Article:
Joey barely had time to register the warning. Another biker grabbed her from behind and hauled her backward until they both crashed into the jukebox. The instigating song played on, but the glass face covering the menu boards shattered noisily. Annoyed, Joey dropped the pool cue and hooked one foot behind her assailant’s knee. Gravity pulled her down and to one side so she could get one arm free from his grasp. She pounded her fist against his crotch, and he released her instantly.
Joey sprang away from him as he dropped to one knee. She skittered to one side, bouncing on the balls of her feet as Jay and the guy with the bloody nose advanced on her again.
“What’s going on here?” A booming voice cut through the chaos, and a hush fell over the room. If it’d been a movie, the music would have cut off with a jagged rip of the needle across the record. This time, it just kept playing.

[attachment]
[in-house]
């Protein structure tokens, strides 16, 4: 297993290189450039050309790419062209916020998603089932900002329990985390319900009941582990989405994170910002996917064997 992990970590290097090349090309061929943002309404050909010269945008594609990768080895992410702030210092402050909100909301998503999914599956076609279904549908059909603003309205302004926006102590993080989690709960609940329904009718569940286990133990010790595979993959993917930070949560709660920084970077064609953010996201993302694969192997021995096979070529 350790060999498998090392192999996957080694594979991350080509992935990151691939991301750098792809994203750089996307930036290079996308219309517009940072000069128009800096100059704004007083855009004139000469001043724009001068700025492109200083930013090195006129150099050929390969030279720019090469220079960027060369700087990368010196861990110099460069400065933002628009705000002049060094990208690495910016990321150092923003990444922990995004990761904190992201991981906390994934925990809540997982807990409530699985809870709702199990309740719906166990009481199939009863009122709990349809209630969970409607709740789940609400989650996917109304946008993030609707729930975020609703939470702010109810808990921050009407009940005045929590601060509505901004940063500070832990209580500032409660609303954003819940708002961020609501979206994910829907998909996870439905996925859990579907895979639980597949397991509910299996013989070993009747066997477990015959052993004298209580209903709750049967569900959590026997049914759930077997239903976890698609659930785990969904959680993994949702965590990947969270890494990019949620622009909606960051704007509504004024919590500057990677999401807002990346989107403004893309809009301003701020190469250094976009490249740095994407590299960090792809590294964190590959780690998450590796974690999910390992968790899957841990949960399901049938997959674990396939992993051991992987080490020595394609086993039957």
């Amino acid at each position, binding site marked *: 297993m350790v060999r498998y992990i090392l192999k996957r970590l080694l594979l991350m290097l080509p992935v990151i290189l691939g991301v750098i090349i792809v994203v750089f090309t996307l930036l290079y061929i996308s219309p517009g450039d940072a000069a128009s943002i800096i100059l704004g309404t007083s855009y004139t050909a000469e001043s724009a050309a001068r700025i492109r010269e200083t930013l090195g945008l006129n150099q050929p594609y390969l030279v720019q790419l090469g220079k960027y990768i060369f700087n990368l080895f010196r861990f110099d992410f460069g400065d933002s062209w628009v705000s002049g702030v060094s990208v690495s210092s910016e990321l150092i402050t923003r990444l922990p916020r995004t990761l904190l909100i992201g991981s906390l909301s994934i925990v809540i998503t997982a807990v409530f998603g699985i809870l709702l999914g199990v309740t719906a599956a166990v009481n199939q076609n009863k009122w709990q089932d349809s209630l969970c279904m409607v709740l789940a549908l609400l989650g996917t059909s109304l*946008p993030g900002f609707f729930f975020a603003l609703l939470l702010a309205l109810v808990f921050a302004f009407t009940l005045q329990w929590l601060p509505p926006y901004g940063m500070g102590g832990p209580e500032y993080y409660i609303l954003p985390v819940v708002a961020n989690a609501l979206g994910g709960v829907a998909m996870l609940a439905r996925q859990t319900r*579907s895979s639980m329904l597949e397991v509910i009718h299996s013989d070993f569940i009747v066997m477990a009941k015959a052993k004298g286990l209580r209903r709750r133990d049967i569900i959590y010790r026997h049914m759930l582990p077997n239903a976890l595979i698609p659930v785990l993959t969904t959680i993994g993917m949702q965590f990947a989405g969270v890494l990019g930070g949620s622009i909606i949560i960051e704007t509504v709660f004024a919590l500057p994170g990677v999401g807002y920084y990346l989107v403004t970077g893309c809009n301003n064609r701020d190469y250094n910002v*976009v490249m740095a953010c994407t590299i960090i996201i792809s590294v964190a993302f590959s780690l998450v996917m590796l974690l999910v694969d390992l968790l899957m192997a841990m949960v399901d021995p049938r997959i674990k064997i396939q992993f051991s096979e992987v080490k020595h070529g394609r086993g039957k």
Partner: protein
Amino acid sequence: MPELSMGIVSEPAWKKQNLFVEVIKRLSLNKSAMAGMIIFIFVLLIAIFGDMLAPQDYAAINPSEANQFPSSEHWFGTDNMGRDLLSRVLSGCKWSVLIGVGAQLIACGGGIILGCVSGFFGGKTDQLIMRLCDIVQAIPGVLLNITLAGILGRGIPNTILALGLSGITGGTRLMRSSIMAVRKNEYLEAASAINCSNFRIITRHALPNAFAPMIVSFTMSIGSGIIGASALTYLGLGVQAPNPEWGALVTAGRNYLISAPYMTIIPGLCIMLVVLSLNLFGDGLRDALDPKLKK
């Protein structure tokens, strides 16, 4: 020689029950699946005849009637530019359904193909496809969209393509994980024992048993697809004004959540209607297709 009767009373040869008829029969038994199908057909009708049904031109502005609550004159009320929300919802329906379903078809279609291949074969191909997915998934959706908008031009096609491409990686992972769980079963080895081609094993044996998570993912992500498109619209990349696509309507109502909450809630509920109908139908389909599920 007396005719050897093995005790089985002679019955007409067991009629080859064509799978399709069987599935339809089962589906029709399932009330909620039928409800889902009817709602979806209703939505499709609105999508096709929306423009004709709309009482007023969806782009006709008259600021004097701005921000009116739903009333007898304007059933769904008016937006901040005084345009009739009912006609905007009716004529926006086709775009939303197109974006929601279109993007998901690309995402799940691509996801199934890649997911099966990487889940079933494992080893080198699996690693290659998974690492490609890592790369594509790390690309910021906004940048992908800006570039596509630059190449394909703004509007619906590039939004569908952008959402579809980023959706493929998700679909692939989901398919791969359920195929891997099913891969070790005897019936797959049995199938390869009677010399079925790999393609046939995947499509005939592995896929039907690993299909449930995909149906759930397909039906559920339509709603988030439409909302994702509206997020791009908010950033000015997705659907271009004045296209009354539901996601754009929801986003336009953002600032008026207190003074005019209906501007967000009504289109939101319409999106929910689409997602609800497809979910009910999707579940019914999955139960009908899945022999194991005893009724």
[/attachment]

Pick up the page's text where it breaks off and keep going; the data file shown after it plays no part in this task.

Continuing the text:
Joey looked up and found Mike Conroy himself frowning at her. He was a tall, imposing figure with a full head of silver hair.
“Nothing at all,” Joey said. “Just a friendly disagreement. Right, Jay?” She flashed the burly biker some teeth and batted her eyes.
Mike was not amused, but the weight of his gaze shifted to Jay. “Tell the lady you’re sorry.”
Joey blinked. How long had he been watching?
As for Jay, his jaw tightened, and he lifted his chin. He was a man unaccustomed to contrition, proud and brash. Joey knew the type. Still, after brief internal struggle, he said, “I’m sorry.”
Mike clapped him on the shoulder. “Rita! Get Jay another beer. The rest of them… Christ, get them some ice packs and hope they can salvage their dignity.” His eyes shifted to Joey. “Let’s chat in my office.”
Thanks for reading! Grave Threat is coming to Amazon in June, 2018! Stay tuned to the newsletter for release announcements or follow me on BookBub.